Sunday, May 30, 2010


So how do you LIKE your religion? The issues I’m addressing are not the theological “it is/it isn’t” arguments about whether God exists or how many angels can dance en pointe on the head of John the Baptist, assuming you can get that pesky dove out of his hair. While I’m not quite going to the raw consumer level of household appliances, I’m asking whether your religion is comfortable and whether it’s functional. Does it feel good? Does it work?

On a far more elevated plane, some philosophers are already moving back to the experience level of religion: can you feel the sacred? Do you feel that the universe includes you? Do your beliefs give you joy? In terms of function, does your religion give you a clear basis for ethical decisions, a motive for doing the right thing and a way of figuring out what that is? Will it support you if you have to stand against a majority who differs from you?

These are quite different ways of approaching religion than looking at traditional labels or ethnic contexts. We have been traversing a strange time in which on the one hand there is the strong assertion that all humans are universally invested in the Golden Rule, that all humans are loved by any worthwhile God, that God is in every culture, and so on. At the same time we’ve been wrestling with the Star Trek claim that every culture is unique and we are not justified in criticizing it, even though it might feature cannibalism and terrorism. (Such cultures exist on this planet today.) On the one hand is naivete and on the other is cynicism.

I go to my “symbol” of the dot in the middle of the circle. Start with the dot, which is oneself and one’s internal life, both thought and feeling. I will argue that it is ecological, with the ecology consisting of place, family, institutions, material culture, and then things like music, art, culture. Do not take this as necessarily “elevated.” Surely growing up neglected and filthy in a ghetto housing project with a drunk mother and a violent father IS an ecology with all these things. Nor does it have to be “colorful,” for a suburban split-level with a cheerleader mother and a white collar father, complete with emerald lawn and top-of-the-line barbecue, is still an ecology. Ecologies are the root of religion.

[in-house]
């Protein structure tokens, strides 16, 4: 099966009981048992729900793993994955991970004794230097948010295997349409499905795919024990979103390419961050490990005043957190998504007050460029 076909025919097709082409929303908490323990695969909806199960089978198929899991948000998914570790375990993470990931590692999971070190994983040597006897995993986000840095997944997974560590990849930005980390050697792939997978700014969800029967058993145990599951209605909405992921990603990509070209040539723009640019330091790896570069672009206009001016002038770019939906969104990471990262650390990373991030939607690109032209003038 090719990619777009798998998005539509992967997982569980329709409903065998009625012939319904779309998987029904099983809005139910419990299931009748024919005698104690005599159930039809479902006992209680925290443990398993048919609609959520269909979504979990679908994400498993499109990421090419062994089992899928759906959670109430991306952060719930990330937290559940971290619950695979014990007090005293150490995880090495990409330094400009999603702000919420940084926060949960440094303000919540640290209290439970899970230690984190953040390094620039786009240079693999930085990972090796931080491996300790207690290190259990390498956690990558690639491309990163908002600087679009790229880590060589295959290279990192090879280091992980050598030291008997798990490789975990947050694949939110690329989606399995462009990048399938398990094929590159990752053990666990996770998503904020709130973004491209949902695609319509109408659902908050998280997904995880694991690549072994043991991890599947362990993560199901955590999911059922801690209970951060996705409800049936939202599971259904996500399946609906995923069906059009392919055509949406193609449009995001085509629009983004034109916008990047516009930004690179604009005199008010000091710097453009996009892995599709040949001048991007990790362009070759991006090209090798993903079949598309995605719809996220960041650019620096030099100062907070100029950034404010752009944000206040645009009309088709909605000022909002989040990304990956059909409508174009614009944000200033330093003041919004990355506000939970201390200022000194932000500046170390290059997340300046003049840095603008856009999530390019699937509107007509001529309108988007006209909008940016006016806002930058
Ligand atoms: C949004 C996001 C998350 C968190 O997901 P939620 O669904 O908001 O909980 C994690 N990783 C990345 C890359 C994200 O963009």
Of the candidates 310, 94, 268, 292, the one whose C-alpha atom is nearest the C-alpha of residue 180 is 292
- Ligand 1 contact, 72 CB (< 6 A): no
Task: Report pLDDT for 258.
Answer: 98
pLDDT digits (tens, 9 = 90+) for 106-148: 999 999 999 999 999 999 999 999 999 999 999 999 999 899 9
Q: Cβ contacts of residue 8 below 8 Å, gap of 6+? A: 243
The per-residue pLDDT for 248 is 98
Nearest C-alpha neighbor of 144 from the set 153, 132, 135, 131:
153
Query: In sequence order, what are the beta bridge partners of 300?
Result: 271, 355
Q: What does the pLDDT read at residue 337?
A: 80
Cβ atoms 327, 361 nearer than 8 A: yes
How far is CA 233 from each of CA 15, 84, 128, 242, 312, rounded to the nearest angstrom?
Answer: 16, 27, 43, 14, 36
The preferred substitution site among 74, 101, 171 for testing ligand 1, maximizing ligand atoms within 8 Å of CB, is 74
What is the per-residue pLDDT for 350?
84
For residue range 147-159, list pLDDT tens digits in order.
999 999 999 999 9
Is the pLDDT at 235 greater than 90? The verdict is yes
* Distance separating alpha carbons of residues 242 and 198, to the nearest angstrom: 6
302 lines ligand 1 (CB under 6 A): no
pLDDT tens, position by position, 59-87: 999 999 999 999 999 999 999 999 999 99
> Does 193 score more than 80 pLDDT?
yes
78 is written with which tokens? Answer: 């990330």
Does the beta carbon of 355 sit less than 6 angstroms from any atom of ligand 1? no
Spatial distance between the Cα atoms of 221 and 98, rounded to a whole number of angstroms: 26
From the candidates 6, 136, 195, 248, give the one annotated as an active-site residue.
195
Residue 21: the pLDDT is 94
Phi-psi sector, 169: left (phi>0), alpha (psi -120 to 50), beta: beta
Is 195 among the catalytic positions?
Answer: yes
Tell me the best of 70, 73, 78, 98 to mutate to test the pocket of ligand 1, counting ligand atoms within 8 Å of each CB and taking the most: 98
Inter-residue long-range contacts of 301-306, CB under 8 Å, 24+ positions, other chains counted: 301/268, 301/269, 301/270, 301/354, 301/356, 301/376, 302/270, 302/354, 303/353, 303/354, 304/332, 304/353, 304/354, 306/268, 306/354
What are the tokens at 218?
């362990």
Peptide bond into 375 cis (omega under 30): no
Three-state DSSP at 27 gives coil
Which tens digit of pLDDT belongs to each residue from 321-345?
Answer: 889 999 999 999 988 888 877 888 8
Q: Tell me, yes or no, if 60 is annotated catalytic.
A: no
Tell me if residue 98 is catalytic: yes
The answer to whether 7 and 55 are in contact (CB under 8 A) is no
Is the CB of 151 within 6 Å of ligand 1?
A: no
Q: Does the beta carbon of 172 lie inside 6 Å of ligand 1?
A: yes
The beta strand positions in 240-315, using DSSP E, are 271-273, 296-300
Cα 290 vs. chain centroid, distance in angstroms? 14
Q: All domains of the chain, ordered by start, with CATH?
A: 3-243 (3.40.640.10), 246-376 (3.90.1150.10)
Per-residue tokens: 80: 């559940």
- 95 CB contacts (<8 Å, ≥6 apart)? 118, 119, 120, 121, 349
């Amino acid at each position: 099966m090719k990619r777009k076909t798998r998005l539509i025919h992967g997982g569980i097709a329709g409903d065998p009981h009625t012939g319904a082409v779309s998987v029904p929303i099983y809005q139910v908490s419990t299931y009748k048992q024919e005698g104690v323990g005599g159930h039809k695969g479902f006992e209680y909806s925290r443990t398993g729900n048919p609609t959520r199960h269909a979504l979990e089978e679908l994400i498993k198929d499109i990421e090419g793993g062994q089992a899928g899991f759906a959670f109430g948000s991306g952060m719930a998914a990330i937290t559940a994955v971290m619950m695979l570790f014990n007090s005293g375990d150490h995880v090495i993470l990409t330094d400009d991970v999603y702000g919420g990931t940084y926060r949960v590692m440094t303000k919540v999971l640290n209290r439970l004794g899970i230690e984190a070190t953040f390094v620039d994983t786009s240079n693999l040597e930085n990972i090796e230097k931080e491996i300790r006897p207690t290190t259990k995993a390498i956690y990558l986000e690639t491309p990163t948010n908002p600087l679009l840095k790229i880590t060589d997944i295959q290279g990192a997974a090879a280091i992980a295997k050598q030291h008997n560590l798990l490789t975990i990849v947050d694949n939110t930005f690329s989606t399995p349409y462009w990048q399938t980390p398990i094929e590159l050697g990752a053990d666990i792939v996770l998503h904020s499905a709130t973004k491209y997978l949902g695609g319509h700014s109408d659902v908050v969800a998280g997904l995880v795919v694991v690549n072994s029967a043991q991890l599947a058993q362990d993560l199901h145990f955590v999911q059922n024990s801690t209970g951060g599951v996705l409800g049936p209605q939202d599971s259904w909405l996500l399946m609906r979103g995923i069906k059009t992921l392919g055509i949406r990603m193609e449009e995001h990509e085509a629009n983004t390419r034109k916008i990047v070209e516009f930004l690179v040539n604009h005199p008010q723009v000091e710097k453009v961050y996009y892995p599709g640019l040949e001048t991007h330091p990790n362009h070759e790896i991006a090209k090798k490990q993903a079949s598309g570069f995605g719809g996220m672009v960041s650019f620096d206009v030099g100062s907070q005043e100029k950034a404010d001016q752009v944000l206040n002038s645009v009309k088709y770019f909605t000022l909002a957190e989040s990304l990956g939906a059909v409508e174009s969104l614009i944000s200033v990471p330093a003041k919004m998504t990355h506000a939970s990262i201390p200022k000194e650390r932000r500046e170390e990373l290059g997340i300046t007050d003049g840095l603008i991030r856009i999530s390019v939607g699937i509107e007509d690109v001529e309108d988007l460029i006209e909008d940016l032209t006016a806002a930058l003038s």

This is the core that a counselor would pursue: how did you fit into the terms of your childhood and what assumptions about the nature of the universe did they teach you? When someone says, “nursery of the stars,” does that sound terrifying or does it sound like a sentimental conceit or do you think it’s about Hollywood actors? As an adult, what assumptions need upgrading? Which ones never proved out anyway? This is not a right/wrong inventory, but a reality check. A good religion gives you reality checks.

In a time when a child can be made into a mutilating and murderous marauder and then pulled out of that environment to go to college in the US (“A Long Way Gone: Memoirs of a Boy Soldier” by Ishmael Beah), a religion that allows forgiveness through transformative rebirth would be vital. But it doesn’t have to be Christianity. If it IS Christianity, the KIND of Christianity that works might well be evangelical, packed with song and movement and people who are at least the same color. A religion that says the only reparation is death will simply eliminate a child who kills. (It was only recently that the US Supreme Court ruled that we would no longer kill the killers who were children at the time.)